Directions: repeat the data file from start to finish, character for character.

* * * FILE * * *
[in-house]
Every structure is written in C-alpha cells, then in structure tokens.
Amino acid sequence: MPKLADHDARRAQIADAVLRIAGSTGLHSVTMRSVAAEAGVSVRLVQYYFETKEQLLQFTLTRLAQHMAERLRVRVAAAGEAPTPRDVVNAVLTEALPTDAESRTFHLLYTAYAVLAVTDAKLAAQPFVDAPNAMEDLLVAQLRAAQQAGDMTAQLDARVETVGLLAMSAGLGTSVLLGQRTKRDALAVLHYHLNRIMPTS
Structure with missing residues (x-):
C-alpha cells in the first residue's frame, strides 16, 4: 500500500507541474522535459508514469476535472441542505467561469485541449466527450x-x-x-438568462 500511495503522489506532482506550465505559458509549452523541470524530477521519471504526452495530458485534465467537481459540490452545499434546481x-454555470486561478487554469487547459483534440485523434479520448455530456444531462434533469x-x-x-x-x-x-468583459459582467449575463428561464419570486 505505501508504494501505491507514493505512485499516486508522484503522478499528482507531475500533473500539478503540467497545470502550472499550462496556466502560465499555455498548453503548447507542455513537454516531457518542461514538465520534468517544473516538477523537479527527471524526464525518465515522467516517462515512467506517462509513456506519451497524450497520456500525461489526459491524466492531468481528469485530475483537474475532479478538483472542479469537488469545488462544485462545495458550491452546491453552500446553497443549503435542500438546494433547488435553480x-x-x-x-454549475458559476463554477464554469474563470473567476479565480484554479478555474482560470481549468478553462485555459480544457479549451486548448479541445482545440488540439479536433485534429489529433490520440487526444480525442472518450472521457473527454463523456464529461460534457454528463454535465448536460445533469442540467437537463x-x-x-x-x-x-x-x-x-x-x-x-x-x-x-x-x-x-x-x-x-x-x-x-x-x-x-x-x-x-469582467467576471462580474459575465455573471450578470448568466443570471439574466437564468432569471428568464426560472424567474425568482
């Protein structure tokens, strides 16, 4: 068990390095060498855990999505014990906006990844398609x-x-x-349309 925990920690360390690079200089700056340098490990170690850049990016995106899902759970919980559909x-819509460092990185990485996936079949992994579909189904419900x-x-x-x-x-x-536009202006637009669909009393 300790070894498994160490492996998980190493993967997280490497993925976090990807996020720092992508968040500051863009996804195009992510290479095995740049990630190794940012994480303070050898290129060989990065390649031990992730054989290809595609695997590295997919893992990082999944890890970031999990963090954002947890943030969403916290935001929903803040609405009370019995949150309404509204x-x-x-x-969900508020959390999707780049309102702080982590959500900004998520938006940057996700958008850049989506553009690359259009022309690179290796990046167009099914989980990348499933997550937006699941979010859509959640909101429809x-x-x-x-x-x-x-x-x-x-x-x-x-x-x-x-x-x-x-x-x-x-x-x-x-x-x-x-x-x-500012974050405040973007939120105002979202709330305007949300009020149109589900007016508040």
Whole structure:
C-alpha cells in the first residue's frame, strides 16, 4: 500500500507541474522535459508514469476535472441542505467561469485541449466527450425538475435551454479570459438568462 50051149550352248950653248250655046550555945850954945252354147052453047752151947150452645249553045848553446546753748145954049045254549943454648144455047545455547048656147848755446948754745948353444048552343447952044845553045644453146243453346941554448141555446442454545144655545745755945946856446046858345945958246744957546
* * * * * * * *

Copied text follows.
[in-house]
Every structure is written in C-alpha cells, then in structure tokens.
Amino acid sequence: MPKLADHDARRAQIADAVLRIAGSTGLHSVTMRSVAAEAGVSVRLVQYYFETKEQLLQFTLTRLAQHMAERLRVRVAAAGEAPTPRDVVNAVLTEALPTDAESRTFHLLYTAYAVLAVTDAKLAAQPFVDAPNAMEDLLVAQLRAAQQAGDMTAQLDARVETVGLLAMSAGLGTSVLLGQRTKRDALAVLHYHLNRIMPTS
Structure with missing residues (x-):
C-alpha cells in the first residue's frame, strides 16, 4: 500500500507541474522535459508514469476535472441542505467561469485541449466527450x-x-x-438568462 500511495503522489506532482506550465505559458509549452523541470524530477521519471504526452495530458485534465467537481459540490452545499434546481x-454555470486561478487554469487547459483534440485523434479520448455530456444531462434533469x-x-x-x-x-x-468583459459582467449575463428561464419570486 505505501508504494501505491507514493505512485499516486508522484503522478499528482507531475500533473500539478503540467497545470502550472499550462496556466502560465499555455498548453503548447507542455513537454516531457518542461514538465520534468517544473516538477523537479527527471524526464525518465515522467516517462515512467506517462509513456506519451497524450497520456500525461489526459491524466492531468481528469485530475483537474475532479478538483472542479469537488469545488462544485462545495458550491452546491453552500446553497443549503435542500438546494433547488435553480x-x-x-x-454549475458559476463554477464554469474563470473567476479565480484554479478555474482560470481549468478553462485555459480544457479549451486548448479541445482545440488540439479536433485534429489529433490520440487526444480525442472518450472521457473527454463523456464529461460534457454528463454535465448536460445533469442540467437537463x-x-x-x-x-x-x-x-x-x-x-x-x-x-x-x-x-x-x-x-x-x-x-x-x-x-x-x-x-x-469582467467576471462580474459575465455573471450578470448568466443570471439574466437564468432569471428568464426560472424567474425568482
């Protein structure tokens, strides 16, 4: 068990390095060498855990999505014990906006990844398609x-x-x-349309 925990920690360390690079200089700056340098490990170690850049990016995106899902759970919980559909x-819509460092990185990485996936079949992994579909189904419900x-x-x-x-x-x-536009202006637009669909009393 300790070894498994160490492996998980190493993967997280490497993925976090990807996020720092992508968040500051863009996804195009992510290479095995740049990630190794940012994480303070050898290129060989990065390649031990992730054989290809595609695997590295997919893992990082999944890890970031999990963090954002947890943030969403916290935001929903803040609405009370019995949150309404509204x-x-x-x-969900508020959390999707780049309102702080982590959500900004998520938006940057996700958008850049989506553009690359259009022309690179290796990046167009099914989980990348499933997550937006699941979010859509959640909101429809x-x-x-x-x-x-x-x-x-x-x-x-x-x-x-x-x-x-x-x-x-x-x-x-x-x-x-x-x-x-500012974050405040973007939120105002979202709330305007949300009020149109589900007016508040």
Whole structure:
C-alpha cells in the first residue's frame, strides 16, 4: 500500500507541474522535459508514469476535472441542505467561469485541449466527450425538475435551454479570459438568462 50051149550352248950653248250655046550555945850954945252354147052453047752151947150452645249553045848553446546753748145954049045254549943454648144455047545455547048656147848755446948754745948353444048552343447952044845553045644453146243453346941554448141555446442454545144655545745755945946856446046858345945958246744957546